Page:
On my drive to work this morning, as I mentally began preparing for all the research I wanted to accomplish today, I started thinking about the relationship between information retrieval, machine learning, probability, and statistics. And I found myself wondering how most of us think about machine learning when we use it as a tool to help people find information. Specifically, do we use machine learning to help us discover the repeating patterns, the most likely outcomes, and then serve those sorts of results to information seekers? Or do we use machine learning as a way of helping us understand what the most common outcomes are, so that we can develop information seeking systems that allow users to sidestep these common pathways, finding interesting nuggets that are otherwise obscured by the raw statistics?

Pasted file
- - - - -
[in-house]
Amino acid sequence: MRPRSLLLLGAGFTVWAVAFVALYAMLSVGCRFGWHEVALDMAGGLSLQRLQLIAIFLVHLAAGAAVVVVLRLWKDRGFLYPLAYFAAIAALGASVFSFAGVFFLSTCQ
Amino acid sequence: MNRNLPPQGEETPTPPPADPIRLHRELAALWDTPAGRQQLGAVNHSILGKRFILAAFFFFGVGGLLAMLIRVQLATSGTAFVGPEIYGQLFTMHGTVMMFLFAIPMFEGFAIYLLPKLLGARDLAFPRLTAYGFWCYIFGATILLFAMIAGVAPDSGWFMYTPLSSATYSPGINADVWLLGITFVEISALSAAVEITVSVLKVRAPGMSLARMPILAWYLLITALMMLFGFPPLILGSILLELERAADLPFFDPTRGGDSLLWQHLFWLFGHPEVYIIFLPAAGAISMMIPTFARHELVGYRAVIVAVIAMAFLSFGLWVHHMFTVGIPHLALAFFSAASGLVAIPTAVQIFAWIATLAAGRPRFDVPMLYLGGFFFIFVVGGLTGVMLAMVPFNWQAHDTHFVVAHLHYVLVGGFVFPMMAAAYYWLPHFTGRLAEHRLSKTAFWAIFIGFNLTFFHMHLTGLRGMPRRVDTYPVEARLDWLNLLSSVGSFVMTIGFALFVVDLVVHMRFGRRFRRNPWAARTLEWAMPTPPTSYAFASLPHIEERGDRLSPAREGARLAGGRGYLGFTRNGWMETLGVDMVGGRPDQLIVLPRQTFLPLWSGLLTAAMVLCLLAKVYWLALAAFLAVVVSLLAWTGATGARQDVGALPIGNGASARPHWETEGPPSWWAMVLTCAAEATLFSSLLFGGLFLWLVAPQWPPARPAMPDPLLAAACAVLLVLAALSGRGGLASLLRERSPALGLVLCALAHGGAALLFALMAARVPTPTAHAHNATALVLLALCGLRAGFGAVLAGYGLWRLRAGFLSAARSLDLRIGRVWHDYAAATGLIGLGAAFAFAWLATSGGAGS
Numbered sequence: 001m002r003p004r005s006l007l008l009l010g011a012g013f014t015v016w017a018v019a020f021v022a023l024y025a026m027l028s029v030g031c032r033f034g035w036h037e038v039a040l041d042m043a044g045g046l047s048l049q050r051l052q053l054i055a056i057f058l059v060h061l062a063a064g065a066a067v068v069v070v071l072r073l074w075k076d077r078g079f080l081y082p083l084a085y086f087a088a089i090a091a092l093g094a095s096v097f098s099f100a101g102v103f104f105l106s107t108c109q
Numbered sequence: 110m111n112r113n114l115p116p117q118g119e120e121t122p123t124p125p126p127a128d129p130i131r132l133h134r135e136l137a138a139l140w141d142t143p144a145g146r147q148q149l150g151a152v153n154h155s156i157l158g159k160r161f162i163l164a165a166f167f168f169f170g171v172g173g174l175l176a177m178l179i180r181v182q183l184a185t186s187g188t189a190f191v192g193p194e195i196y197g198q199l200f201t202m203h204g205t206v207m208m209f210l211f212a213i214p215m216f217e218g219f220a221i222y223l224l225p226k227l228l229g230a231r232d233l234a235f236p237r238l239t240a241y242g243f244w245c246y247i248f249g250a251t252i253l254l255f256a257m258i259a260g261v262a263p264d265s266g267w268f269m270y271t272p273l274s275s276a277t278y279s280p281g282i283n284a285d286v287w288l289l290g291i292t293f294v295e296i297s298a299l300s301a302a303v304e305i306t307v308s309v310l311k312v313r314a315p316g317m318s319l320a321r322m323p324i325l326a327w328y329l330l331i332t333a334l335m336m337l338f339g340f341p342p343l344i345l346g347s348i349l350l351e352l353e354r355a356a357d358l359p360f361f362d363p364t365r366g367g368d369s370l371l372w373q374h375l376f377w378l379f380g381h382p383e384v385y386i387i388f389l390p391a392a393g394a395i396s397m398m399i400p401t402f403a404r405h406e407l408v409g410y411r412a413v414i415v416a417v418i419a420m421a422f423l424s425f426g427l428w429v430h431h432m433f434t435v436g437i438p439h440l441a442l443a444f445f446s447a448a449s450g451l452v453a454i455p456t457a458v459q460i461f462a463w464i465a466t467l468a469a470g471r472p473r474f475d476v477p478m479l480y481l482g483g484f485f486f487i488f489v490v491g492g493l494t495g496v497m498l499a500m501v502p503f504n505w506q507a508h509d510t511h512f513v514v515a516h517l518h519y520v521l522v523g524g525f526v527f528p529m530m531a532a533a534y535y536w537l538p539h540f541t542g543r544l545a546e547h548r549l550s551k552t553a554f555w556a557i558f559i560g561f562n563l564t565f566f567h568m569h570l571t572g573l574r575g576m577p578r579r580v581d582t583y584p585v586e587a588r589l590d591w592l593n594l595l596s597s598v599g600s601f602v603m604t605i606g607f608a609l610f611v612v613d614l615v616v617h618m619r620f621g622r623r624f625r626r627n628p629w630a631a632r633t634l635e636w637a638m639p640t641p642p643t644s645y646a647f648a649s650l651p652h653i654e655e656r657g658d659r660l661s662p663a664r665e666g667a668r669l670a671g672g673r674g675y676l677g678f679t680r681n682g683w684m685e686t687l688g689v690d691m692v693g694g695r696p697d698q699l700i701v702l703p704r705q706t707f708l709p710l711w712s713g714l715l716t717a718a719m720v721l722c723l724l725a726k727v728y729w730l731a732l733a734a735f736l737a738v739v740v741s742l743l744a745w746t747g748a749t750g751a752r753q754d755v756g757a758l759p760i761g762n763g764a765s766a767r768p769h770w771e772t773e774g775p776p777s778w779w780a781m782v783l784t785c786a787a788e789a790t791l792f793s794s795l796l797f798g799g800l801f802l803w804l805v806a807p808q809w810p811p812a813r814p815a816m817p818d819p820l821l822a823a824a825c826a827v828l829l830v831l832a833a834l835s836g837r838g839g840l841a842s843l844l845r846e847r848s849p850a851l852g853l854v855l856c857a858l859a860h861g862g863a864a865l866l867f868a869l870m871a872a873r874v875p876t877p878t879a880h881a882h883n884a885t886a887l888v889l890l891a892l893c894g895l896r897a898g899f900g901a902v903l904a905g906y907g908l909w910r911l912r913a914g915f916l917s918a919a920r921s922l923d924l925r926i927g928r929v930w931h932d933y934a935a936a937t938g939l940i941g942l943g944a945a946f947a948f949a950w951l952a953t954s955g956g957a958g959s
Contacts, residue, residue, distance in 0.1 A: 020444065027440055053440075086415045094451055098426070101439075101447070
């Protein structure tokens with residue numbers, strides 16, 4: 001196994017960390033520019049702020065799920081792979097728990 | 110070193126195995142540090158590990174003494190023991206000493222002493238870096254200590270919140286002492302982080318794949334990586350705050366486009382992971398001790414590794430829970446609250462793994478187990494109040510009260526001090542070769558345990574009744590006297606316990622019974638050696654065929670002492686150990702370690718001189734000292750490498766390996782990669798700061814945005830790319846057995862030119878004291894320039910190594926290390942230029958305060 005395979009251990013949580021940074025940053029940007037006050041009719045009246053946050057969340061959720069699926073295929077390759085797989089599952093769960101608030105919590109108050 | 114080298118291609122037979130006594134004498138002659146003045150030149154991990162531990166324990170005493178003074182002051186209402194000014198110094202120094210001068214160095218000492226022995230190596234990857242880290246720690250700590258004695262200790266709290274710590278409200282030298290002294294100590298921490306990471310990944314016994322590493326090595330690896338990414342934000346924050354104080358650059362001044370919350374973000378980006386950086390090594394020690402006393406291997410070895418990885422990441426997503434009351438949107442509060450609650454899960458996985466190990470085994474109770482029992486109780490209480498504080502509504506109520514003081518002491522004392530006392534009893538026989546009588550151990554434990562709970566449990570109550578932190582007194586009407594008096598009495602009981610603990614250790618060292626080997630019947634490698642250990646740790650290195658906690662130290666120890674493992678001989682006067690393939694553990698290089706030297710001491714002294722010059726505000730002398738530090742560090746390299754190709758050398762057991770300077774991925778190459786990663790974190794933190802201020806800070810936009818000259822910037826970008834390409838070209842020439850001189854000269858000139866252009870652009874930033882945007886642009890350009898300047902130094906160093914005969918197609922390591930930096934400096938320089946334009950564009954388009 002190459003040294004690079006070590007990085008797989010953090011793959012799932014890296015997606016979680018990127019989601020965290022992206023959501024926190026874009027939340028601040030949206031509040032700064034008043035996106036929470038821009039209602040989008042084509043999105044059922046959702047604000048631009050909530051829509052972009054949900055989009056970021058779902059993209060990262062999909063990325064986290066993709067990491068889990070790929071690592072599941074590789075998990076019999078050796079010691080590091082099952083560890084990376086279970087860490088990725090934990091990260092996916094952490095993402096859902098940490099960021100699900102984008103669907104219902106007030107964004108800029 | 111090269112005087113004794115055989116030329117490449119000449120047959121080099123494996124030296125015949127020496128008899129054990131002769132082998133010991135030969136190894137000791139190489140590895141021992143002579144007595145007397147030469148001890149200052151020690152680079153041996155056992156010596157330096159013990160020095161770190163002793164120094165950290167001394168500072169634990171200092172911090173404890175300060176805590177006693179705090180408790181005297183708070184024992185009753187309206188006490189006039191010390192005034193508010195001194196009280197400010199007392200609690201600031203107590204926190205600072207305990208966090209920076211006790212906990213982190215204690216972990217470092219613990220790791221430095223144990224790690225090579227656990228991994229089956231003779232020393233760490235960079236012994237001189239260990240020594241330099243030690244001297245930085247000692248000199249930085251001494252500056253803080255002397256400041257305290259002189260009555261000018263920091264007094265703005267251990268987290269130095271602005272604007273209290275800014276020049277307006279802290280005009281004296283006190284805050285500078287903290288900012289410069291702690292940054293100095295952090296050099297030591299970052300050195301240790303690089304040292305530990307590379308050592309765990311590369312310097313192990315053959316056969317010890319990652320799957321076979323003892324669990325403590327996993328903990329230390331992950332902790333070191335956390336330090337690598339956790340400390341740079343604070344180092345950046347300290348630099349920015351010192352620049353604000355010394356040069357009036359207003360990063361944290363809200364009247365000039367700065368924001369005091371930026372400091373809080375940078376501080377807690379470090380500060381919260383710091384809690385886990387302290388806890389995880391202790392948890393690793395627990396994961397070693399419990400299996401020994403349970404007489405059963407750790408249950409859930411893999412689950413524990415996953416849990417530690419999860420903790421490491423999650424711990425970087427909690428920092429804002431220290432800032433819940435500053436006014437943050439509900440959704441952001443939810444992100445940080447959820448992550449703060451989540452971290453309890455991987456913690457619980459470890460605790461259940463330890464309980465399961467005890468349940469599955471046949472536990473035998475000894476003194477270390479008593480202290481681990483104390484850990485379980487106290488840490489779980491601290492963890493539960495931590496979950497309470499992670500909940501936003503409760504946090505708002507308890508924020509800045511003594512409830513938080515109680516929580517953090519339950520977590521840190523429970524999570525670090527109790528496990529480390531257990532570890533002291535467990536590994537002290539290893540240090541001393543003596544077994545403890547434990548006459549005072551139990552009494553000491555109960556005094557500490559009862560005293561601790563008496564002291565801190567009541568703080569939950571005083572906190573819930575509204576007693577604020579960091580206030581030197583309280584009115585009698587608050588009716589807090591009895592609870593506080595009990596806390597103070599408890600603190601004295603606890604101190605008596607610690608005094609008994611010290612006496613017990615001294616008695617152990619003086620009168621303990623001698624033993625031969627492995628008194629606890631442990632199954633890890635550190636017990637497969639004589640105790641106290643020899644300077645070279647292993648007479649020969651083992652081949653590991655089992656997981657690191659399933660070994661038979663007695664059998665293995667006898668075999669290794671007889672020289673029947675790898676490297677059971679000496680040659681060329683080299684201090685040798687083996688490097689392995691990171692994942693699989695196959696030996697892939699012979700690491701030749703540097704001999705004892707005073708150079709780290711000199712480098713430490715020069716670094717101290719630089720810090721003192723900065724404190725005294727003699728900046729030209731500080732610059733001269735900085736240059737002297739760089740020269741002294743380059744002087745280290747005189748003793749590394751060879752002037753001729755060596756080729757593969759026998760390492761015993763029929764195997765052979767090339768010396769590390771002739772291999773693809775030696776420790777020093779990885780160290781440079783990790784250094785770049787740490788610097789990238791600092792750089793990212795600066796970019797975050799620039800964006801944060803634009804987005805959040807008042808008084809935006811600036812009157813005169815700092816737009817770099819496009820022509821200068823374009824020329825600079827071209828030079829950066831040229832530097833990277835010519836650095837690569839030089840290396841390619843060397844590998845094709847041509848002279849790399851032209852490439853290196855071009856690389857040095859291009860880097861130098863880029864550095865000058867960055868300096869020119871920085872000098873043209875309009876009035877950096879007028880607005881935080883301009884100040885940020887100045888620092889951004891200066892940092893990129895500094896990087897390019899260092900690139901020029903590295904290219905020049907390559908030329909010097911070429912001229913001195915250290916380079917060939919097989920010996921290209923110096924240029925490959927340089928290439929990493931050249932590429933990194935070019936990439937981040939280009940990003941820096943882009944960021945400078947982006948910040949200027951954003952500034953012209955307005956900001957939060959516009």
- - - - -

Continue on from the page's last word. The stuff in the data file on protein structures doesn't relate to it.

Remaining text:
Expressed in a slightly different manner: Is machine learning (applied to information retrieval) like karate in that it attacks the information organization/information seeking problem head on, fighting probability with probability? Or is it more like jujitsu, in that it uses probability’s weaknesses against itself, to come up with retrieval algorithms and solutions that satisfy a user’s information need, despite the tendency to follow the statistically most-obvious path? Or is there a little of both?
I realize my question is a bit vague and underspecified. It is just something I am pondering at the moment.